The fundamental criteria the DClinPsy courses use to determine who gets a place is, 'whether you're ready to train as a Clinical Psychologist'. If that sounds nice and wishy washy, that's because it is. Lancaster don't read your application form and administer a general ability test and shortlist for interviews off that, Newcastle shortlist through a strict academic criteria, Sheffield cover academic, clinical and references in their shortlisting. Some courses like you to be very reflective, some academic. This makes it difficult to recommend any single route.

    The key skill you learn as you gain experience is reflection - to look at what you did, why you did it, what the outcomes were and to consider what it all means, what worked and what you might do differently. So more clinical experience provides you with more to draw on when applying/interviewing.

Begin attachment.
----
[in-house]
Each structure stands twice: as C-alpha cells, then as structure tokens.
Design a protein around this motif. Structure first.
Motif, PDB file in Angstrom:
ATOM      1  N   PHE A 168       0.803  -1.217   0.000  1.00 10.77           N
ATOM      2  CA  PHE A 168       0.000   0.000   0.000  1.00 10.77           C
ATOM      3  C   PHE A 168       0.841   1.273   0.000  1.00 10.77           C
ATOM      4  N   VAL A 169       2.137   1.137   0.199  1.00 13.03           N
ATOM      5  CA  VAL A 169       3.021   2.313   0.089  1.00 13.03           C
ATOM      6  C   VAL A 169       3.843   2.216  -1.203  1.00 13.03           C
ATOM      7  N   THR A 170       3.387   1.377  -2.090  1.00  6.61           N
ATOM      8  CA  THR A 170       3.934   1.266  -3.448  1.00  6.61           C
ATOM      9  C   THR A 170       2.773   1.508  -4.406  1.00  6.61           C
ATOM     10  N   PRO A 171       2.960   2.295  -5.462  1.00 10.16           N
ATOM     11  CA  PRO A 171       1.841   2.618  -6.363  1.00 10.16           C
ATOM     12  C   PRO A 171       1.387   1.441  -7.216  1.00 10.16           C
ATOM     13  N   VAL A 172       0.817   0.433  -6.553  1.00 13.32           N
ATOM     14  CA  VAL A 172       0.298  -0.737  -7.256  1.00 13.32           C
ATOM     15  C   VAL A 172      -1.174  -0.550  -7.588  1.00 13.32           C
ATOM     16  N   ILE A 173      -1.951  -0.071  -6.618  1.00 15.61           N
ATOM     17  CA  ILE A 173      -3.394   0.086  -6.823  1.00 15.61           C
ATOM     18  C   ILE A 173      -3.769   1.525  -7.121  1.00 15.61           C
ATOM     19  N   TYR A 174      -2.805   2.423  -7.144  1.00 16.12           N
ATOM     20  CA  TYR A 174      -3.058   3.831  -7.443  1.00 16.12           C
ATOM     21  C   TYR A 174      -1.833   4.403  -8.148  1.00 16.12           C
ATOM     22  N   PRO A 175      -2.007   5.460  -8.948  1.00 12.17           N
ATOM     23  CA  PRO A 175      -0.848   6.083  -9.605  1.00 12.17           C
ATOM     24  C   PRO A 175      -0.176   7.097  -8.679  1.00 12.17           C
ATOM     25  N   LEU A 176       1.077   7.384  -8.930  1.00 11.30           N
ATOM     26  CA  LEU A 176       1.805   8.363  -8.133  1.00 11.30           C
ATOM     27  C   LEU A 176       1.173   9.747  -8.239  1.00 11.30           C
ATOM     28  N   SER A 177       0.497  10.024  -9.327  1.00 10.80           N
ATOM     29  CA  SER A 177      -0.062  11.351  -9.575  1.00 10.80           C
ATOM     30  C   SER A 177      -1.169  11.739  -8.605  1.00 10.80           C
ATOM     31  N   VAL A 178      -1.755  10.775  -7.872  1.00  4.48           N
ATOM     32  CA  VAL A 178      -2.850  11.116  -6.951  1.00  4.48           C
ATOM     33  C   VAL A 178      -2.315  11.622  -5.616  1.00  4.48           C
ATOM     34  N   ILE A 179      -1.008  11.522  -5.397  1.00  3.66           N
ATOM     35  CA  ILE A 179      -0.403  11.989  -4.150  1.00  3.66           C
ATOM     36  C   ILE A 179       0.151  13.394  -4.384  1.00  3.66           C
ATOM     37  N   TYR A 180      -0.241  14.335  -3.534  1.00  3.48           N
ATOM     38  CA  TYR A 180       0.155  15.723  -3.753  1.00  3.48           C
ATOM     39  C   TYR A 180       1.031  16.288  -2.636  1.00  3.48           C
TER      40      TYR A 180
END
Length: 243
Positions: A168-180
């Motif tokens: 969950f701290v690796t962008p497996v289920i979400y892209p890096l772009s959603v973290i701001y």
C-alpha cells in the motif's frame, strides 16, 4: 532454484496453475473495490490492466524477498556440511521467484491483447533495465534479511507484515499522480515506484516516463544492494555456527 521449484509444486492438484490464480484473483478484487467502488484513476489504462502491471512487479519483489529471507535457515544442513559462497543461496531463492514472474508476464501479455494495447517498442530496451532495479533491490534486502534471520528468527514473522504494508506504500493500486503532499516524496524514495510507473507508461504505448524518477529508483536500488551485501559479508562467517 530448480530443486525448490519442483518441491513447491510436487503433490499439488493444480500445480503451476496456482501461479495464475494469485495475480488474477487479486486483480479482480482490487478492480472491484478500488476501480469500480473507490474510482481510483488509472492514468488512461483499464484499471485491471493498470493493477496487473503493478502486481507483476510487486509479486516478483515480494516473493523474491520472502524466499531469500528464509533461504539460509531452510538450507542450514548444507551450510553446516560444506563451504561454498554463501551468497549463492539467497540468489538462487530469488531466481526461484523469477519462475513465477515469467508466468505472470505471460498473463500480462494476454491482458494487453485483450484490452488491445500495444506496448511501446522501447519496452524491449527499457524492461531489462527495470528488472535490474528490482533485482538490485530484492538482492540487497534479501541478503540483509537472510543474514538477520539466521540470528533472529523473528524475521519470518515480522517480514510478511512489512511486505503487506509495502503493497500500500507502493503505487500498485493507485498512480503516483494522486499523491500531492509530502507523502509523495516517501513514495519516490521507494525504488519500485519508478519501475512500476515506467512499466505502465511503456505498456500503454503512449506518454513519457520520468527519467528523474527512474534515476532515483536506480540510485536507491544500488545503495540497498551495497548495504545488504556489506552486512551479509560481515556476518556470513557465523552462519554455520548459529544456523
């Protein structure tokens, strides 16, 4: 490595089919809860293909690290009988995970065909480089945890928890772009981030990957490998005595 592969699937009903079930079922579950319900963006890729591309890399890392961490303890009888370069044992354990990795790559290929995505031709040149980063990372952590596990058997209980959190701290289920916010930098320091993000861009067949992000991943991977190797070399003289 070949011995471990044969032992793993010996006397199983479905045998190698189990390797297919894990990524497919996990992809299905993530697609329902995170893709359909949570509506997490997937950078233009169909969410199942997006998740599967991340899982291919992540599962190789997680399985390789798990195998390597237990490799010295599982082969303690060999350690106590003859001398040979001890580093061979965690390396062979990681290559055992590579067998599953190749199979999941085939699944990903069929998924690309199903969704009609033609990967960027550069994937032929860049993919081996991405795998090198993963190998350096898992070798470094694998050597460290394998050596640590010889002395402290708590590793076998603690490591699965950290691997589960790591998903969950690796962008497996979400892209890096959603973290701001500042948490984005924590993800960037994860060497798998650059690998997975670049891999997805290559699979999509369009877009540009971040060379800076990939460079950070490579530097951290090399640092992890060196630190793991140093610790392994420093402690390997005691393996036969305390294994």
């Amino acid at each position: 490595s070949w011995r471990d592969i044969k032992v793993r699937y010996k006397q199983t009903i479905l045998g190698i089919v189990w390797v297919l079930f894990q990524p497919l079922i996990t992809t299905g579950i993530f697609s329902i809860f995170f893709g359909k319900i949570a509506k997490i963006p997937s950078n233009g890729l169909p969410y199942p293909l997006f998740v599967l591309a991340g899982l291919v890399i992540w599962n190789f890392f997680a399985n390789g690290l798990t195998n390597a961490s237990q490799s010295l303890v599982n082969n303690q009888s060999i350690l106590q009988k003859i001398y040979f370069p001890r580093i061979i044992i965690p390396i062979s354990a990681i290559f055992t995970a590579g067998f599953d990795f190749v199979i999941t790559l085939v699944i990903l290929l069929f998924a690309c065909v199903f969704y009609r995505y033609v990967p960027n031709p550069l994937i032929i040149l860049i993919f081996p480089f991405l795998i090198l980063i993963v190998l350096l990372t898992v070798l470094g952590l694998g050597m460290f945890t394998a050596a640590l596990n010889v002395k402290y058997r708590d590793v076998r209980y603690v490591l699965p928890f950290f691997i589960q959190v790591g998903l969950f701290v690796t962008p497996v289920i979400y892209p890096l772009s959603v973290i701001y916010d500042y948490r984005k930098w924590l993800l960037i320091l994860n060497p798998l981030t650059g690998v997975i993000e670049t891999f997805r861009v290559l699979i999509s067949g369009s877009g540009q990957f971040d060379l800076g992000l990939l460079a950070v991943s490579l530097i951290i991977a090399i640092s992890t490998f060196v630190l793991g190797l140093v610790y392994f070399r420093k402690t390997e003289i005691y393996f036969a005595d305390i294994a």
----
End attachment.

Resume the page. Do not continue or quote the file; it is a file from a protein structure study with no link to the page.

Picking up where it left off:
There are trainee's who applied and got onto the course straight from undergraduate, some do an MSc, PhD and then get on, some work for IAPT, most work as Assistant Psychologist or research assistants - of these, some do one year and others 6 or more. Other people have worked as support workers, drugs and alcohol workers or in homeless shelters. Some trainees have never met a 'service user' before while others have delivered various types of therapy.

    What each person does have in common is that they can show that what they have learned, wherever that was, has helped them grow as a reflective practitioner and that they can apply that to the clinical and research settings they will encounter as a trainee.